IT’S not often that a theatre play can make you scream, least of all one that starts off like the kind of amiable father-and-daughter relationship drama you might catch on a weekday afternoon on Radio 4.
As Ye Sow
Star rating; * * * *
Written by Stewart Pringle, it is both a heart-wrenching exploration of old age, dementia and a care system that only cares when it’s being paid to do so, and a horror play with the kind of slow-build menace that leaves you quivering in your seat – a bit like its main character, Clifford, a resident of a tatty retirement home where nothing works properly and sinister demons lurk in the shadows.
Jeffrey Mayhew and Scarlet Sweeney give excellent performances as Clifford, an ex-farmer with a temper, and his well-spoken, well-presented and well-considered daughter, Susan.
Pringle’s dialogue is rich and authentic and filled with sharp social commentary that contrasts Susan’s desire to get her child into a good school with the relative squalor her father is now living in in the care home. Both characters are flawed yet compassionately portrayed in a way that feels very real – and offers no easy answers.
When Robert, a bumbling “electrician” with no training, comes to fix the TV, Clifford’s reality becomes a nightmare as the past comes to haunt him through his hallucinations.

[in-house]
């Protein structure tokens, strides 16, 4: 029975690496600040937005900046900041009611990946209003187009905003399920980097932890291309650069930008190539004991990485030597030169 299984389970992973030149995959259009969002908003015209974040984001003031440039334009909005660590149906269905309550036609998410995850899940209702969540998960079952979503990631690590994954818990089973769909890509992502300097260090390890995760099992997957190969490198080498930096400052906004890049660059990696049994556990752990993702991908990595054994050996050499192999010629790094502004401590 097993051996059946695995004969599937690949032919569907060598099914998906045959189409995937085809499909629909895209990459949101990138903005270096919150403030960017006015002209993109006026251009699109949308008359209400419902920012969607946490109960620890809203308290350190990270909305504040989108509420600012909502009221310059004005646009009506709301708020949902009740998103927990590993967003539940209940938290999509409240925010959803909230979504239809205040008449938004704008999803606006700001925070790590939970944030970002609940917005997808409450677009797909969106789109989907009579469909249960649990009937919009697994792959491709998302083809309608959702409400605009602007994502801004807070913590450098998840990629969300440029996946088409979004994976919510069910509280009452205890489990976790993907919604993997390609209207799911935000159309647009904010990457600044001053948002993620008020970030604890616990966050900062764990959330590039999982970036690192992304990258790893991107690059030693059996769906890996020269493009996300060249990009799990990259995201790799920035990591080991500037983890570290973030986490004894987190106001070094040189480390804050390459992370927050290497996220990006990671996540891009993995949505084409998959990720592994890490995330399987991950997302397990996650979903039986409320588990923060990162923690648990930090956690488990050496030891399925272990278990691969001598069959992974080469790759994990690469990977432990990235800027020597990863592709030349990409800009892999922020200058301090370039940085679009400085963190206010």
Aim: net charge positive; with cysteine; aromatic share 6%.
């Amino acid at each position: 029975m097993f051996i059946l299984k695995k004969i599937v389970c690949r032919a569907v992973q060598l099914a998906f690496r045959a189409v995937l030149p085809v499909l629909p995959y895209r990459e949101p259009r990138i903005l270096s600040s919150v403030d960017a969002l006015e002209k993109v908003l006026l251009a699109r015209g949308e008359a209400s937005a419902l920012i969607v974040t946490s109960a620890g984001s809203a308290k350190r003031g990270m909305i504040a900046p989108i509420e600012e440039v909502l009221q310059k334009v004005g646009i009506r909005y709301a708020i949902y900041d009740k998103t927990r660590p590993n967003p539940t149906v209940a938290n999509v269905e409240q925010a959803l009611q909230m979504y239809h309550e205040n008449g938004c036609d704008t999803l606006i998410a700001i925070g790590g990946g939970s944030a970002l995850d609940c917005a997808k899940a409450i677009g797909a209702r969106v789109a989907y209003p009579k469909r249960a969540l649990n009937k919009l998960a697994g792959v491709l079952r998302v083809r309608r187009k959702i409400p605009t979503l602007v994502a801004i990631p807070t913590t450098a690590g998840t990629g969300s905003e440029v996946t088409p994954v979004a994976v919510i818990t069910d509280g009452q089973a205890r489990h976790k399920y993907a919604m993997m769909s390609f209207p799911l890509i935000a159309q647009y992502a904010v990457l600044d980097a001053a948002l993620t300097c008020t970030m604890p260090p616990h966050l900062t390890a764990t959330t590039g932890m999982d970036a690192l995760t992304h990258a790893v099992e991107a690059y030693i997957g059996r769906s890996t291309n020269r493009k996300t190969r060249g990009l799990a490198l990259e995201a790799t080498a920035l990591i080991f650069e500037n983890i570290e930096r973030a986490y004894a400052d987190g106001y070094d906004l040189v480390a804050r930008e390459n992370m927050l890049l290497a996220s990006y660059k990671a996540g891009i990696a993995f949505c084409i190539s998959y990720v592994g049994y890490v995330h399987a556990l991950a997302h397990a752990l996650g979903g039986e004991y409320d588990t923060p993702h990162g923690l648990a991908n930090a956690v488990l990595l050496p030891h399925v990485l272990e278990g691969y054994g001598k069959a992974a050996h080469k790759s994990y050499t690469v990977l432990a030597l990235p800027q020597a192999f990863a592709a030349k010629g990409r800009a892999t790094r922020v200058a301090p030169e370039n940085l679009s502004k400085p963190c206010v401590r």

John Garfield Roberts, who plays the wire-wielding buffoon, flits from jovial to terrifying with alarming ease, as the play makes us appreciate Clifford’s condition by forcing us to experience it directly.
It’s a sharp trick that sets this apart from the numerous other dramas tackling the subject matter from a more objective position – and is a pertinent reminder of what we and our loved ones could face if we don’t do something about it.
As Stephanie Walls’s cheerfully loud and patronising care worker force-feeds Clifford a grey-looking gloop, it’s horrific in a different but equally powerful way.
It’s a shame that the performance is so short, as it could be easily developed into something longer, but as a piece of leap-out-of-your-chair scary theatre with rare heart and thematic clout, it’s a powerful cry from the dark.
• Until 27 August. Today noon.